Here are some tips and tricks for cleaning and filleting your fresh catch.
How to Clean a Fish
1. Rest the fish on the table or cutting board. Insert the knife tip into the fish’s belly near the cloaca and move the blade up along the belly, cutting to the head.
2. Keep the knife blade shallow so you don’t puncture the intestines.
3. Spread the body open and remove all of the entrails. Locate the fish’s cloaca and cut this out in a “V” or notch shape.
4. Some fish have a kidney by the backbone. Remove it by scraping it out with a spoon or your thumbnail.
5. Rinse the cavity out with a good stream of water and wash the skin. Some fish have a dark tissue lining the abdominal cavity that can be scraped off to prevent a strong, oily flavor.
6. Remove the head if you like.
7. Clean your fish-cleaning table immediately. Collect the guts, heads, and scales, and discard them properly.
8. Your clean fish is now ready to be cooked.
How to Fillet a Fish
1. Lay it on its side on a flat surface. Unlike the cut described for preparing whole fish, filleting fish requires you to cut the fish behind its gills and pectoral fin, but only to the rib cage. Neither scaling nor removing the head is necessary.
2. If not removing the head, turn the blade toward the tail and cut along the top of the ribs using the fish’s backbone to guide you. Turn the fish over and repeat steps 2 and 3.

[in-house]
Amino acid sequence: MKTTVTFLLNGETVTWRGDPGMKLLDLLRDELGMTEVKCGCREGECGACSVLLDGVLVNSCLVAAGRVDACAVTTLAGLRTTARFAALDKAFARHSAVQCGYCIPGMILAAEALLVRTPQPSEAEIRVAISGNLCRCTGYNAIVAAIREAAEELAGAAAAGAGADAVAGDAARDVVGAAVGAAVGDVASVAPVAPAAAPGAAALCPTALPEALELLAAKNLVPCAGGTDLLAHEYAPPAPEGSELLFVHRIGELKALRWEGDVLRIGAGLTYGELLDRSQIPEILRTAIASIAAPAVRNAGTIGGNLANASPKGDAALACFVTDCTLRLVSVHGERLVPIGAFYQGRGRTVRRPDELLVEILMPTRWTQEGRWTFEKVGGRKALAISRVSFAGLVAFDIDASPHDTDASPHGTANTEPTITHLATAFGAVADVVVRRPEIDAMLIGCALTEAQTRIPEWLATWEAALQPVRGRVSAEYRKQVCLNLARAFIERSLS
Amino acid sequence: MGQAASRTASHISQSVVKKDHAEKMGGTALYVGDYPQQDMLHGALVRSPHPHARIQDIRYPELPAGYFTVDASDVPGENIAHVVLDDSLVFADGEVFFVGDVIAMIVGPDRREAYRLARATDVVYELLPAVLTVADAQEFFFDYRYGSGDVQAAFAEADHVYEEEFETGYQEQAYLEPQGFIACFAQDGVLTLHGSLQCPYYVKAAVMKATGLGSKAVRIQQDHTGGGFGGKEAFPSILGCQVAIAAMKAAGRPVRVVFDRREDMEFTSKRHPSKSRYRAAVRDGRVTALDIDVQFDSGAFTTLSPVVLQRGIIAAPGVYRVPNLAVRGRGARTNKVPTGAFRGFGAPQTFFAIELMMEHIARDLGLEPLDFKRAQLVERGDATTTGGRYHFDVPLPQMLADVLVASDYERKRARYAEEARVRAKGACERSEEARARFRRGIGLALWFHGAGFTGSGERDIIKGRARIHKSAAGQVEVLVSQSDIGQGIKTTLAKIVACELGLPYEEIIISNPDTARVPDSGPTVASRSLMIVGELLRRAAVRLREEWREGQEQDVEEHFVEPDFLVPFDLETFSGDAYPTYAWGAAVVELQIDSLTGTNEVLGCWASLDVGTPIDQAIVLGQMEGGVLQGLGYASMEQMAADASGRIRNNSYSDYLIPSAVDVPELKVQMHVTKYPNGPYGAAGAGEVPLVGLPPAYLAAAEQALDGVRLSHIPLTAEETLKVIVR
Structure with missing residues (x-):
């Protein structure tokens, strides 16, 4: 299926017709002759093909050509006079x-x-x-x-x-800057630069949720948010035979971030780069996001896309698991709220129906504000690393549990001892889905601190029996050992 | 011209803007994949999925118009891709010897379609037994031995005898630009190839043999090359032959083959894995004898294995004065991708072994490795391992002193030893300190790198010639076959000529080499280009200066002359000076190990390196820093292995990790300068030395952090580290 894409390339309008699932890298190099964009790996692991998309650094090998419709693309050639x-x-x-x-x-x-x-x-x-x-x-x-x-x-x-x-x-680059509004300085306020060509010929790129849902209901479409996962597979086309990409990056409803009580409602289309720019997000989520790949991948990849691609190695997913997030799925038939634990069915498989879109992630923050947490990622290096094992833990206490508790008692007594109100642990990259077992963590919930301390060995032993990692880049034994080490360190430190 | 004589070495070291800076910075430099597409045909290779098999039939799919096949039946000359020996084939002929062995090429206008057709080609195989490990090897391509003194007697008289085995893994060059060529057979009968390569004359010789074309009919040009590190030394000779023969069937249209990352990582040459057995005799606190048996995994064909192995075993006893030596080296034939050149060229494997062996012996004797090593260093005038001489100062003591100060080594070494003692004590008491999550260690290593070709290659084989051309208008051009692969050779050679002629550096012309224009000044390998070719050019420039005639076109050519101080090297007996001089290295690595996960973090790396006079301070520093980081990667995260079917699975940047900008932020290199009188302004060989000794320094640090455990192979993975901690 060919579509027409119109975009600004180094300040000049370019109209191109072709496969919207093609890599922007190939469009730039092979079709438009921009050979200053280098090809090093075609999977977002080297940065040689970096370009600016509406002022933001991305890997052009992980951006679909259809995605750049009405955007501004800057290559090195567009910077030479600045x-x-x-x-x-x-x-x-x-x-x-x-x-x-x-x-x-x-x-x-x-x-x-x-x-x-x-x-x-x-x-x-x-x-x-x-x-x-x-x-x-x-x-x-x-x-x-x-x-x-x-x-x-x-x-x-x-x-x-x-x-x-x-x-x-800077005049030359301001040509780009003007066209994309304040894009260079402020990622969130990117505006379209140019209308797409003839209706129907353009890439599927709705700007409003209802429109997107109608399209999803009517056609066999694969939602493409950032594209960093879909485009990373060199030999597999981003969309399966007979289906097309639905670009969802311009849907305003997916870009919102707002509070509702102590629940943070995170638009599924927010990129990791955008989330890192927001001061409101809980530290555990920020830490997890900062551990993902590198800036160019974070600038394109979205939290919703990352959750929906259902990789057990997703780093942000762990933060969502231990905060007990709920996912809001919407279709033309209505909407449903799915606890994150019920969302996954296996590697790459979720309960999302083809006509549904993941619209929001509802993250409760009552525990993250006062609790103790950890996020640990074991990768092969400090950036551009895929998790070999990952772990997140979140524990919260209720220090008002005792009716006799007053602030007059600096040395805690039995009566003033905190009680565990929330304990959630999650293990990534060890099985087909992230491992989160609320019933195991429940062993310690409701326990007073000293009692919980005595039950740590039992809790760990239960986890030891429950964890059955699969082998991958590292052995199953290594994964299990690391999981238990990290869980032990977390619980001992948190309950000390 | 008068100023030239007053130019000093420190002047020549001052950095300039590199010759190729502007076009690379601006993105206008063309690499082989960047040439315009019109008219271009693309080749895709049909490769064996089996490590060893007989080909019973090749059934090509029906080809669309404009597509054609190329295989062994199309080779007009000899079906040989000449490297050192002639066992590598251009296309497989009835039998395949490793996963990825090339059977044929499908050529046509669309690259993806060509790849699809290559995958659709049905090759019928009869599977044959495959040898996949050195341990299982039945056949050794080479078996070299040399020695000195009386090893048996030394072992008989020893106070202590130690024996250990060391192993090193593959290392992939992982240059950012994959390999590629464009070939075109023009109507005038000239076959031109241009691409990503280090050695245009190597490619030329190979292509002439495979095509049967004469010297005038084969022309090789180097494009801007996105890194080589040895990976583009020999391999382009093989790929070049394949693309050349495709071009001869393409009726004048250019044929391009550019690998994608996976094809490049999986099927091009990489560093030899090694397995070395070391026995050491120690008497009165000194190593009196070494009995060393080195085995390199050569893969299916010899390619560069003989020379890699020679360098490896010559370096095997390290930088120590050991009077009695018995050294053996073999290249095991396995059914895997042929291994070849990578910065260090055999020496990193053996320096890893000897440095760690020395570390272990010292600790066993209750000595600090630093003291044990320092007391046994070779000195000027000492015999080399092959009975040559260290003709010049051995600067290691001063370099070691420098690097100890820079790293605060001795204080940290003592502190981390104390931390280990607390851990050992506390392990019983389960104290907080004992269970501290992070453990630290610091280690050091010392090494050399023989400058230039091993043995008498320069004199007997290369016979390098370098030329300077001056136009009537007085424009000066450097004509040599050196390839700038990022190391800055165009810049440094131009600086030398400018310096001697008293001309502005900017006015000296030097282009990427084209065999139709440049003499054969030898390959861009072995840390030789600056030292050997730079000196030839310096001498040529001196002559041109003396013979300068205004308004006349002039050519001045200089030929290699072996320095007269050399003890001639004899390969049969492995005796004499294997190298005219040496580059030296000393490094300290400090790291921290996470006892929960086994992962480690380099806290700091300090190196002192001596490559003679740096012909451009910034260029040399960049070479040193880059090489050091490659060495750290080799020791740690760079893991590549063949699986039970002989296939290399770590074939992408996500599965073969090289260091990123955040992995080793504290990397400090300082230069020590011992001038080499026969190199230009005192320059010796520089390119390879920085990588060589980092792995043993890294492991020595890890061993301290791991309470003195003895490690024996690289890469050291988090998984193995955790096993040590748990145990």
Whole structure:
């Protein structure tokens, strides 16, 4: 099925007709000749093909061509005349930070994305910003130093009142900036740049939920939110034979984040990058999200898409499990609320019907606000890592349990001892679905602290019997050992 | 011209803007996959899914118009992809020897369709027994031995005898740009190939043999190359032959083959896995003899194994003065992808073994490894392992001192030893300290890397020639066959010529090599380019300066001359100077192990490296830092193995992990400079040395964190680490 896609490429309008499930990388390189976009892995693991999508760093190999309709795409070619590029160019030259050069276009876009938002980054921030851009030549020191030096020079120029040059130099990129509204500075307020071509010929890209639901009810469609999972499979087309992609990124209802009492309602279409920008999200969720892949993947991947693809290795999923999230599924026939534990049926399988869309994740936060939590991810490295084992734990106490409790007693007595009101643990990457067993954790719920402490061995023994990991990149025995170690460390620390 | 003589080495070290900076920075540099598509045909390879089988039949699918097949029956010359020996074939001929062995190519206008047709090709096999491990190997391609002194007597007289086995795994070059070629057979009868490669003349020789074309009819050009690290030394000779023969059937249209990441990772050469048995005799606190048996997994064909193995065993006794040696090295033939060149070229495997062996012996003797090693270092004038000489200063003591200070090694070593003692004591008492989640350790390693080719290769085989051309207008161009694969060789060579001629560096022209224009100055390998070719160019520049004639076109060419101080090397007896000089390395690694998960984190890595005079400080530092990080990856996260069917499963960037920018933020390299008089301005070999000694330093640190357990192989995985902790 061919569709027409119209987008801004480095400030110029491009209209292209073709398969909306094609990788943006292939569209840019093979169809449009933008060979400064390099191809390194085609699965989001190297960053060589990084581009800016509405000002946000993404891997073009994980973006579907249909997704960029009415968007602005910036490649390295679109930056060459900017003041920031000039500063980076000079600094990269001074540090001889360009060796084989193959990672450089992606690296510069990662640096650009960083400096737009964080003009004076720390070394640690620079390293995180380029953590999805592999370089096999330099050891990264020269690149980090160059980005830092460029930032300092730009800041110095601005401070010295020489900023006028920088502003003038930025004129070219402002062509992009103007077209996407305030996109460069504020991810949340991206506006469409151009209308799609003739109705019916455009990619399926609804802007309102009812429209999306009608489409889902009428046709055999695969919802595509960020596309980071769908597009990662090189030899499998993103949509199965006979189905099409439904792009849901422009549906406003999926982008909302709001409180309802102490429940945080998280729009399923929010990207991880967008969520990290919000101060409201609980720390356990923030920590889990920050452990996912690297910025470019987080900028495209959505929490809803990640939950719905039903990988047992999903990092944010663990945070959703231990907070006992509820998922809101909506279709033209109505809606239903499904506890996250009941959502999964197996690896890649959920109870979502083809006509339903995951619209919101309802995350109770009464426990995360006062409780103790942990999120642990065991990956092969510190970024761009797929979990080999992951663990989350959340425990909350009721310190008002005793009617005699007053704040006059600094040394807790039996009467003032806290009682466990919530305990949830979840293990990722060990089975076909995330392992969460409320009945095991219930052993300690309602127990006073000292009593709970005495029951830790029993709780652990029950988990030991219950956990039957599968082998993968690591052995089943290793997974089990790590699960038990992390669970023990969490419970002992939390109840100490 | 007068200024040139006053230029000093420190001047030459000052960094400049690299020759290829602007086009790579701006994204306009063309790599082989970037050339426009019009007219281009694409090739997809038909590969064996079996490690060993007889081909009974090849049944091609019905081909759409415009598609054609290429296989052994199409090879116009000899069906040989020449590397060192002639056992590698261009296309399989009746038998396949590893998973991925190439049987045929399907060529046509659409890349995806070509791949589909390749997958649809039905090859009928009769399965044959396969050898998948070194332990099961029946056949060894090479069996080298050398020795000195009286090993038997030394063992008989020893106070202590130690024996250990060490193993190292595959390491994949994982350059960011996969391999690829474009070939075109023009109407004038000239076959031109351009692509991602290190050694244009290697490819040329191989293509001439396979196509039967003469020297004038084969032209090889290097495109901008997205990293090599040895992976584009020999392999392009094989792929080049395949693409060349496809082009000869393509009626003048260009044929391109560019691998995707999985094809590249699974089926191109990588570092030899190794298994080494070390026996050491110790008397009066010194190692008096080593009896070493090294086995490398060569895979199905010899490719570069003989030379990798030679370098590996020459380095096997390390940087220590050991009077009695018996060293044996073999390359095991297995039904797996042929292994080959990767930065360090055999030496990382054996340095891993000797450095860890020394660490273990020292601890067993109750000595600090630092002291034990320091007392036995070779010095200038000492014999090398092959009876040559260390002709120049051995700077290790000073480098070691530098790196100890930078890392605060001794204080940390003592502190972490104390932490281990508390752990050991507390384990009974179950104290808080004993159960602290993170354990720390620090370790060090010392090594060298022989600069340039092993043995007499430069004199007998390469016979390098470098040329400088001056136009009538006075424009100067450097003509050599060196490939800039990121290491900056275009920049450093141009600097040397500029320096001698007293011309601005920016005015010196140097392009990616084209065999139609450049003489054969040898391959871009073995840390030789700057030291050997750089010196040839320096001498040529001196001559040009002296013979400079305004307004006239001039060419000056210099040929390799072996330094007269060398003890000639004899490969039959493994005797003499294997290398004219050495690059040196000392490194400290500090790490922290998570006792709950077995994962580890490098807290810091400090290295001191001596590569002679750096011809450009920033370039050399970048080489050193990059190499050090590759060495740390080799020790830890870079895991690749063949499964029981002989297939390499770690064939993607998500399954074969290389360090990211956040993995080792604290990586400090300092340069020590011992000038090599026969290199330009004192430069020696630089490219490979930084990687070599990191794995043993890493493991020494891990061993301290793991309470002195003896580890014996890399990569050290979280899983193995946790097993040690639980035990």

3. Next, insert the knife blade close to the rib bones and slice the entire rib section of each fillet away. Then, with the skin side down, insert the knife blade about a 1/2 inch from the tail. Gripping this tail part firmly, put the blade between the skin and the meat at an angle. Using a little pressure and a sawing motion, cut against — not through — the skin. The fillet will be removed from the skin.
4. Wash each fillet in cold water. Pat dry with a clean cloth or paper towel. The fillets are ready to cook or freeze.
How to Select Fresh Fish at the Market
1. Check the smell. It should smell fresh and briny — like the ocean.
2. Make sure the eyes are full and bright. If they are milky or cloudy it means the fish has been sitting too long.
3. The fish’s gills should be bright and red. Slimy or dull gills are another sign that the fish isn’t as fresh as it should be.
4. Finally, touch the fish. It should spring right back.